At the ceremony in London for Sgt. Reckless, the medal itself was worn by Somme, a horse from the King’s Troop mounted artillery. In addition to the London Evening Standard, numerous media covered the award, including the BBCABC News and Horse & Hound.


Catching Up: Supreme Magic & Yonekura Satoshi Won The KNN Cup

I’ve been away. There are several things to catch up on, most notably developments with regard to the Korea Cup and Sprint, however, the day before I left, the big action was the second leg of the Queens Tour, the KNN Cup at Busan.


Yonekura Satoshi and Supreme Magic win the KNN Cup (Pic: KRA)

Billed as a battle between Bichui Jeongsang and New York Blue, the race was instead won by a 70/1 outsider as Supreme Magic flew home late on under a perfectly timed ride by Japanese jockey Yonekura Satoshi, to take the honours.

A full-field of sixteen contested the KNN Cup, which was run over a mile. Unusually for a big Stakes race – and a welcome change – Seoul sent a strong contingent to the race including Bichui Jeongsang, who had won the first leg of the tour, the Ttukseom Cup, in the capital in June. She would be sent off as second favourite, behind New York Blue, 3rd in the Ttukseom Cup and who fell in this race last year when expected to win.

Last year’s Korean Oaks winner Jangpung Parang would set the early pace with New York Blue handy while Bichui Jeongsang, coming out of a wide gate, went right to the back. Supreme Magic settled just a couple of spots off the back of the field. Not that many were paying too much attention to where she was.

In the home straight, Jangpung Parang was quickly done and New York Blue took things up.  It looked like this may be her year but that was to reckon without the closers. Once she found a  run, Bichui Jeongsang finished the quickest of them all, but it was too late and she only managed 5th. Instead, out of nowhere emerged Supreme Magic on the stands side to sweep past and run on for a surprisingly comprehensive two-length win.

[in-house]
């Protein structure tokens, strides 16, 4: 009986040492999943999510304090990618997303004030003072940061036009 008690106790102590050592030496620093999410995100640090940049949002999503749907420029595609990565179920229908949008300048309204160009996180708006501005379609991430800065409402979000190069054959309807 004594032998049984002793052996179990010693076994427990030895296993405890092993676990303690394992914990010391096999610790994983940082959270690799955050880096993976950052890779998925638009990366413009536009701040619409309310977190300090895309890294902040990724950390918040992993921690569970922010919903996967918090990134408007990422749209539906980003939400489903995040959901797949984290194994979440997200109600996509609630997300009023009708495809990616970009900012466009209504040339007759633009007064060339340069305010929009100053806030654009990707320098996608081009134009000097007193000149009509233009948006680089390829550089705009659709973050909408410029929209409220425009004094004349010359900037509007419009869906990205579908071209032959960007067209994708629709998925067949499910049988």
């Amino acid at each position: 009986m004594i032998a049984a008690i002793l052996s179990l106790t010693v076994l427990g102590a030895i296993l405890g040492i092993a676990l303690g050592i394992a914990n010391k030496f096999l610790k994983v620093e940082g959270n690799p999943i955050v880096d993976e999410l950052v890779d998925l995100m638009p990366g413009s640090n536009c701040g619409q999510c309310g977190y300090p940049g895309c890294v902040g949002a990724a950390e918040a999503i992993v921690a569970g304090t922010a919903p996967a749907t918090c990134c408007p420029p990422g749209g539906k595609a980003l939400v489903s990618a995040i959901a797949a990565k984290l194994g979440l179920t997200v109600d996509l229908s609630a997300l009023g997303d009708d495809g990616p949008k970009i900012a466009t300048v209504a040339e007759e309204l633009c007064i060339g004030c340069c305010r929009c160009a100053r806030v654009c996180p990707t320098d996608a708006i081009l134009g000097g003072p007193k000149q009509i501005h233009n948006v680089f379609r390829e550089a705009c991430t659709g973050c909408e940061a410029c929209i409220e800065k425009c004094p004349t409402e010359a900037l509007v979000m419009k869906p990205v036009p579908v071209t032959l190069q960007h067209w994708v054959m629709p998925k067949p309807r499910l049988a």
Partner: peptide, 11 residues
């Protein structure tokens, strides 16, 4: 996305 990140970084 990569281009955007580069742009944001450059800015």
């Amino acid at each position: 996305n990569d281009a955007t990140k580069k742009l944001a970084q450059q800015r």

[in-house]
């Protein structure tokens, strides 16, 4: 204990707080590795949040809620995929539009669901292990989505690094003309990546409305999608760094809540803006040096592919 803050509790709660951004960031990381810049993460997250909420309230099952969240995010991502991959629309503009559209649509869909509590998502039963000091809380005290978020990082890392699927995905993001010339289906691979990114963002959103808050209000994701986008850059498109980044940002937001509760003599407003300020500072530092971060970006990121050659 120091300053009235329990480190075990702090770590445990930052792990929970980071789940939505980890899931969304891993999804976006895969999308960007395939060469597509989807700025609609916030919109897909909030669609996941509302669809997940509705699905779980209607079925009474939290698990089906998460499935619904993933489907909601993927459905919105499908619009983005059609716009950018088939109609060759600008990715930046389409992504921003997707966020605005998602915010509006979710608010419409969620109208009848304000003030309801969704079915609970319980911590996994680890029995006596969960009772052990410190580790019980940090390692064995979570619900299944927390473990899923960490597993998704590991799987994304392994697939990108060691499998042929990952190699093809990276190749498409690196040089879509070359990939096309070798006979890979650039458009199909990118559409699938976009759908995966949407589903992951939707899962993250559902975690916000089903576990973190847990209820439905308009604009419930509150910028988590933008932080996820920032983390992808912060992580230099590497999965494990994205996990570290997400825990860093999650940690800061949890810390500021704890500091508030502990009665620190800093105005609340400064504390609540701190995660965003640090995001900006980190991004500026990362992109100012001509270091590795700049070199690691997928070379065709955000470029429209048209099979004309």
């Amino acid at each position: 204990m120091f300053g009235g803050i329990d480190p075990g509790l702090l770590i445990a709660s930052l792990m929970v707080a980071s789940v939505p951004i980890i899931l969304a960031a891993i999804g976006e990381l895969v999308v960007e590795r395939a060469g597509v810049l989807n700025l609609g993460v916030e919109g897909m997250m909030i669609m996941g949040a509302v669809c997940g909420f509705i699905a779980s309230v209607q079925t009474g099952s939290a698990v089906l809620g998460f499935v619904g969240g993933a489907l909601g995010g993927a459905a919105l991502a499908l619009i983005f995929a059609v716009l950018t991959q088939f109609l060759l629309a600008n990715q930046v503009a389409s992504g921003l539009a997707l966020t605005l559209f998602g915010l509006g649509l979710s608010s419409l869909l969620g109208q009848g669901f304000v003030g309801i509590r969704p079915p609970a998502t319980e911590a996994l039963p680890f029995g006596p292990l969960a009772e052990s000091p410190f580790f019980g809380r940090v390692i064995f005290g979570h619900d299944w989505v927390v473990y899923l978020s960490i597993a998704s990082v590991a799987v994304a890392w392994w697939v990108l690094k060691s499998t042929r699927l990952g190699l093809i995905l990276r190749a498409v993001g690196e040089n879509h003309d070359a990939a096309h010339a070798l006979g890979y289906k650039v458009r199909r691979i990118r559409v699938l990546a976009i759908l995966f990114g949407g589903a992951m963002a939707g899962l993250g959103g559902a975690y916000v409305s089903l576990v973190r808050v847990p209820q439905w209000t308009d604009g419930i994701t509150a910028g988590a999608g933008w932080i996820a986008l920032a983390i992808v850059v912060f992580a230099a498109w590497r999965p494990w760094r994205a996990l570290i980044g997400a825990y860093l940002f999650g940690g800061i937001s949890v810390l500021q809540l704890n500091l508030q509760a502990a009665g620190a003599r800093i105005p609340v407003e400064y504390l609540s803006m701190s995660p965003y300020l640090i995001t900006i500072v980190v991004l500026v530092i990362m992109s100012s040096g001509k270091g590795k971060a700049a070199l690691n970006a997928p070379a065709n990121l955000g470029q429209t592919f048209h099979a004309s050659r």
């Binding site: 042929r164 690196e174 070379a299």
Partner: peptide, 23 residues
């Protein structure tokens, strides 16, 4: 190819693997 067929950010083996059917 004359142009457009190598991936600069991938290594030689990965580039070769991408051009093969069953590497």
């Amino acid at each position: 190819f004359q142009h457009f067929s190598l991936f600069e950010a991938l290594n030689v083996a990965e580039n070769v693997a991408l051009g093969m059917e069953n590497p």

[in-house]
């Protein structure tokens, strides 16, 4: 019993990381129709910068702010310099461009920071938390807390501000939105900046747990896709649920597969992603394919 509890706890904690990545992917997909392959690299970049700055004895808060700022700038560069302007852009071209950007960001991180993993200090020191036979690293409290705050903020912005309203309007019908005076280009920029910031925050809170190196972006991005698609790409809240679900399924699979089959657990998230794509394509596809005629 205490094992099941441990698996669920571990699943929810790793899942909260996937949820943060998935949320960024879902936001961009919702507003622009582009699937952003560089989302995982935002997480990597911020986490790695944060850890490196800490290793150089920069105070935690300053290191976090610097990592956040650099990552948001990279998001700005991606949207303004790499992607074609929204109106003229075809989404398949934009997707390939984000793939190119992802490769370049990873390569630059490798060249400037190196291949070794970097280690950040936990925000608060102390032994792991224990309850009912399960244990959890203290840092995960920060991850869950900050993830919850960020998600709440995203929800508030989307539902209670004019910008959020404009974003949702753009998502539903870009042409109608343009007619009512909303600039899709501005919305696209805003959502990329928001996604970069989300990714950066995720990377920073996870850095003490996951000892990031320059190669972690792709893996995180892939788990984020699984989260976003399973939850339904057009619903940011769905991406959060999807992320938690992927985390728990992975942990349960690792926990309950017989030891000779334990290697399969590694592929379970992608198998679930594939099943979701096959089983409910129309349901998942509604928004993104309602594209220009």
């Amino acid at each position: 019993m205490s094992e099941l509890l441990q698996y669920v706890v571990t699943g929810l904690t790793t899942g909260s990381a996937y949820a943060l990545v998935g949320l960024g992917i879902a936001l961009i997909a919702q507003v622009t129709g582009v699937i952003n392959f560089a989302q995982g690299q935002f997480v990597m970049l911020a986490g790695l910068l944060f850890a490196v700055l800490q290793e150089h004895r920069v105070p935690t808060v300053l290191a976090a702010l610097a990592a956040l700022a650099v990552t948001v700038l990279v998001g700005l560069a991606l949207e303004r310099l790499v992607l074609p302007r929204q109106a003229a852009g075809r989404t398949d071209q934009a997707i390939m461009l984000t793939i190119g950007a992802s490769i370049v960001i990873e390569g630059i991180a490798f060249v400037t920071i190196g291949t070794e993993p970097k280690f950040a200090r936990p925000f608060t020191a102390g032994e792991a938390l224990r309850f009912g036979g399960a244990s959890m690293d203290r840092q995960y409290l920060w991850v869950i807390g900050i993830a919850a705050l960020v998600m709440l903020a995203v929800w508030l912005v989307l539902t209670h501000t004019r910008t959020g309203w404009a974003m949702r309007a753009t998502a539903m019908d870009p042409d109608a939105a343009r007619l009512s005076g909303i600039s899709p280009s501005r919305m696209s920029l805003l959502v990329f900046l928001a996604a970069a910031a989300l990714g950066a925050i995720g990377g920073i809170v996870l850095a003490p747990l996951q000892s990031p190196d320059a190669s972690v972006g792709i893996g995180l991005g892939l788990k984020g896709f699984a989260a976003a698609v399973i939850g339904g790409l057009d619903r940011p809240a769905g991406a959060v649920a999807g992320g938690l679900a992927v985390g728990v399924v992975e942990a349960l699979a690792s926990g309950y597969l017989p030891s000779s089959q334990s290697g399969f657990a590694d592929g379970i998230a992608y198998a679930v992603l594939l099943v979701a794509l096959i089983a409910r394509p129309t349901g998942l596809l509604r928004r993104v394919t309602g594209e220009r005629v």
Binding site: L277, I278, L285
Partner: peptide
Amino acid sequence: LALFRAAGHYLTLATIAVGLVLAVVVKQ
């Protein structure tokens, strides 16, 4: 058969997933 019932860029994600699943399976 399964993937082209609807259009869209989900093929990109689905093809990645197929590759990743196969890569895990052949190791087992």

Supreme Magic [Lookin At Lucky – Thru N’Thru (Stormy Atlantic)] was a $27,000 purchase from the June 2014 Ocala sale in Florida. A four-year-old, she finished 8th in the Ttukseom Cup but had just been promoted to class 1 following a pair of victories and a 2nd place at class 2. The win was her 5th in 14 career starts.

It was a huge win for jockey Yonekura Satoshi. The Japanese rider has had plenty of rides since starting in Korea in April but had been afforded little in the way of quality. Nevertheless, he’s managed to get 27% of his mounts home in the first three. Supreme Magic was his 9th winner at Busan and of course, his biggest so far. The 40-year-old Satoshi’s license has been extended for six months to run until the end of next January. Hopefully there are plenty more winners to come.

The KNN Cup (KOR G3) – Busan Racecourse – 1600M – July 24, 2016

1. Supreme Magic (USA) [Lookin At Lucky – Thru N’Thru (Stormy Atlantic)] – Yonekura Satoshi – 73.4, 8.5
2. New York Blue (USA) [Candy Ride – Aim For The moon (Deputy Minister)] – Lim Sung Sil – 1.2
3. Silver Wolf (AUS) [Orotorio – Ready For More (More Than Ready)] – Yoo Seung Wan – 2.6
Distances: 2 lengths / 1.75 lengths
Also Ran: 4. Who’s Perfect (USA) 5. Bichui Jeongsang (USA) 6. Ms. Margaux (USA) 7. Areumdaundonghaeng (USA) 8. Jangpung Parang (KOR) 9. Winner’s Marine (KOR) 10. Hwanggeumbitjijung (KOR) 10. Model Line (USA) 12. Bear Queen Trophy (USA) 13. Rush Running (KOR) 14. Yuseong Tiger (KOR) DNF: Balios Queen (USA)